Google Complex
Google Inc. (NASDAQ:GOOG) is planning on leasing high-powered Wi-FI equipment to small businesses to promote wireless Internet in public spaces. Google Maps

Cable companies have already begun offering Wi-Fi hotspots across the U.S. to encourage usage among customers leery of using up their monthly data allowances, but now they have some powerful competition: The king of search is wading into the wireless war.

Google Inc. (NASDAQ:GOOG) said it plans to lease commercial-grade Wi-Fi equipment at a discount to small- and medium-sized businesses like gyms, restaurants and doctor's offices, tech website The Information reported on Wednesday. The Mountain View, California, company plans to offer the Wi-Fi hotspots, which will use businesses' existing Internet connections, as early as this summer in the U.S. and abroad.

Google also plans to offer Wi-Fi hotspots in areas where Google Fiber is available as it rolls out its own Internet and television service. Google’s Access team will implement the new Wi-Fi leasing plan. The team is responsible for developing “technologies and business models to expand Internet access in a financially sustainable and scalable way to impact hundreds of millions of people.”

The shift is supported by the Wi-Fi Alliance, a group that advocates greater use of the technology in public spaces. It supports the adoption of Hotspot 2.0, which will allow consumers to seamlessly shift connections between wireless carriers and public Wi-Fi hotspots.

Craig Labovitz, co-founder and CEO of DeepField in Ann Arbor, Michigan, which analyzes big data from the cloud to help content providers and carriers make strategic business decisions, said that Google’s move shows the Internet is “a very dynamic market.”

“This is true particularly in the major metropolitan areas,” Labovitz told the International Business Times. “As mobile devices own more and more of the market ... you’re seeing a lot of activity in Wi-Fi offloading.”

Labovitz said the move also signals a larger shift in wireless Internet, toward lower prices and greater availability, which is good for consumers.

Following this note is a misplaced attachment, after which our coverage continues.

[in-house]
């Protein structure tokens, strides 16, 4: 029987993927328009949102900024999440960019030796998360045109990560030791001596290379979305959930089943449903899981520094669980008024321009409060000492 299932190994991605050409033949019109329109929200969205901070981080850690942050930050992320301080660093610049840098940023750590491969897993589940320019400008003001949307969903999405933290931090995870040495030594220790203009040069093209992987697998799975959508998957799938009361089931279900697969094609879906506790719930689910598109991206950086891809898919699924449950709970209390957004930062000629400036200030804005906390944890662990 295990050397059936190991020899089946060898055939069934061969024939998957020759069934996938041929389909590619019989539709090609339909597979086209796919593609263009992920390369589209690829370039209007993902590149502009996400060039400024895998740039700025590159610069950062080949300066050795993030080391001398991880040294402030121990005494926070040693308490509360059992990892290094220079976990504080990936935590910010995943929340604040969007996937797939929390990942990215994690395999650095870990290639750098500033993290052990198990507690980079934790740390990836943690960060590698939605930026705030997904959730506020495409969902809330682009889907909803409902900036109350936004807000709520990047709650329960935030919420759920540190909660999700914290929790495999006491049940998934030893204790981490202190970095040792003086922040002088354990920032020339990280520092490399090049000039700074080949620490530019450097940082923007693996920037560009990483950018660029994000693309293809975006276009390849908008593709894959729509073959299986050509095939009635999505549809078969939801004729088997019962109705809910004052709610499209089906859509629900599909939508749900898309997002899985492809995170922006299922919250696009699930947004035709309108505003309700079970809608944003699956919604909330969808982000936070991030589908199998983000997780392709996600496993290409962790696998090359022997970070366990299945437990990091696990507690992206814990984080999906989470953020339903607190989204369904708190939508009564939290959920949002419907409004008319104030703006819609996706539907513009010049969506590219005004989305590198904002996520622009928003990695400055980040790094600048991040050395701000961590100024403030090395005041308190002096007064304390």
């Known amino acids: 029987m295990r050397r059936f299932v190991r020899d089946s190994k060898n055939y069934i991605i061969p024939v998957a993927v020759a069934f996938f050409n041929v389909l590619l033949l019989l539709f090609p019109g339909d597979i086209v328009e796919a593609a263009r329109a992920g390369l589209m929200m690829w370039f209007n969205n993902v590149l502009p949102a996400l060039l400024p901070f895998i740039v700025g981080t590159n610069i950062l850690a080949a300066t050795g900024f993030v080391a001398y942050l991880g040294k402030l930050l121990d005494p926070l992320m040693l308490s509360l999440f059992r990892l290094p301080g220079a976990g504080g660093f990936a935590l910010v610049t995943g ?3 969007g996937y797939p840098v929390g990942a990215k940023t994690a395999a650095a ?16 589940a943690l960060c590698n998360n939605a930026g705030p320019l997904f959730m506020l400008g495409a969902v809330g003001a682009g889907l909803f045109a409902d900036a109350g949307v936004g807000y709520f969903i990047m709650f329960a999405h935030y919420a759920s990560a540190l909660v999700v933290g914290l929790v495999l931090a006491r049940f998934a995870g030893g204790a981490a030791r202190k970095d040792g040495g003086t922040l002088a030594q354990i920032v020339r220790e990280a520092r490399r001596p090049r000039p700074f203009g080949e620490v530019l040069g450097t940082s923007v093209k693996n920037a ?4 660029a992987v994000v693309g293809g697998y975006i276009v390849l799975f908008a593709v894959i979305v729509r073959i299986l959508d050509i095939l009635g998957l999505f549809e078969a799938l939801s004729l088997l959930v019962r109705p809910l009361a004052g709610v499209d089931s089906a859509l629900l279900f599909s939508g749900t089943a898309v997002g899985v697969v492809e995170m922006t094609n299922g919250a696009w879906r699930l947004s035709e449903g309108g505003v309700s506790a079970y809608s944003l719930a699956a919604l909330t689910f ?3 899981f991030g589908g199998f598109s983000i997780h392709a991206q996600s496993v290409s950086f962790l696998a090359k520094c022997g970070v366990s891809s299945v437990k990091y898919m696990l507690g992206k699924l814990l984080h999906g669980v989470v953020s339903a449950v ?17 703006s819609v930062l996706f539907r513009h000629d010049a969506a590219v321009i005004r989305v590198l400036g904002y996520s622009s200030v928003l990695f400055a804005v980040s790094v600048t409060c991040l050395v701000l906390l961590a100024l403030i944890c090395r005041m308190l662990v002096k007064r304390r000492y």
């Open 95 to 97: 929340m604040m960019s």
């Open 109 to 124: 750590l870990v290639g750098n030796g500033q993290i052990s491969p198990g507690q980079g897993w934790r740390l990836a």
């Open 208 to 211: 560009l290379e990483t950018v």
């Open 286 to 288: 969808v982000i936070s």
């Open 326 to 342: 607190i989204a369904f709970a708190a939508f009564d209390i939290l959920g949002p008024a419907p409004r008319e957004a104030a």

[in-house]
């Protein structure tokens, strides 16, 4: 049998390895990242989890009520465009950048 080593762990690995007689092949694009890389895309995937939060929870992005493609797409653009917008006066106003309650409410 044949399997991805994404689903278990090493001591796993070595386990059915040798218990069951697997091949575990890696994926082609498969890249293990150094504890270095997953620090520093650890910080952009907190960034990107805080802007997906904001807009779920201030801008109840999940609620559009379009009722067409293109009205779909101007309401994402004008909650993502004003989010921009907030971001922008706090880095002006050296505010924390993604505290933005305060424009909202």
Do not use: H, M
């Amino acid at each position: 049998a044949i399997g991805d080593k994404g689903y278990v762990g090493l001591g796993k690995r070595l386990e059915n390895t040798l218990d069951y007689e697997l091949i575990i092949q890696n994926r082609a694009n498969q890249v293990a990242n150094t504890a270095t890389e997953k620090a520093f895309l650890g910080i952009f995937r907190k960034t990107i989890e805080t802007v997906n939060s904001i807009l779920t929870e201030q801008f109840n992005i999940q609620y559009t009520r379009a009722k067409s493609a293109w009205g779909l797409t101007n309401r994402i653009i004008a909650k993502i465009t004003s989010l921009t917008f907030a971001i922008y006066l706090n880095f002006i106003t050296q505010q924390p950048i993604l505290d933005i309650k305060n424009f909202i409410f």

“It’s very different from five years ago, when I struggled to find cell service or Wi-Fi in the airport. Now, I’ve got Internet, it’s free. I don’t even know who’s sponsoring it, but it’s great,” he said. “This is Google’s business model.”

The free Internet access that airports offer is sometimes sponsored by Google, which enjoys being the default search engine on flights, Benjamin G. Edelman, an associate professor at Harvard Business School who researches Internet architecture and online advertising, said.

“All of these things advance Google’s commercial interest," Edelman, who also owns an eponymous consulting company, said. "It’s easy to feel grateful to Google; they’re giving me free Internet.

“But they are grateful for the chance to offer Internet Explorer users the chance to use their Chrome browser. If they can get one in 20 users to switch, they’re coming out strongly ahead.”

Google often offers its Web services such as Search, Maps and Android for free to consumers and companies, which helps it to maintain a dominant position online but users should be wary of the practice.

“As a consumer, you should be worried about Google becoming so dominant that they don't have to compete, that they don't have to offer competitive terms,” Edelman said. “Look at the ads in Google search results these days: there’s four at the top, 11 on the side and three at the bottom. I remember when Google launched with zero ads.”

Now, Google is so big that it can get away with more advertising without losing users. “When you see extreme dominance like Google has, consumers are the ones getting caught in the crossfire,” he said.

As Google cuts in between service providers and consumers -- like redirecting a mistyped Web address -- advertisers may have to pay Google “more and more” for things they used to get for free.

“I just spoke with a hotel chain that spends more on Google advertising [than] they spend on natural gas and electricity put together,” Edelman said. “They are looking for ways to bring their advertising dollars elsewhere, because [Google’s] prices are so high."

When asked to elaborate, Edelman said, "I can’t give a source for that, because they’re afraid of reprisal, they’re afraid of Google. And that's another example of the search giant's dominance."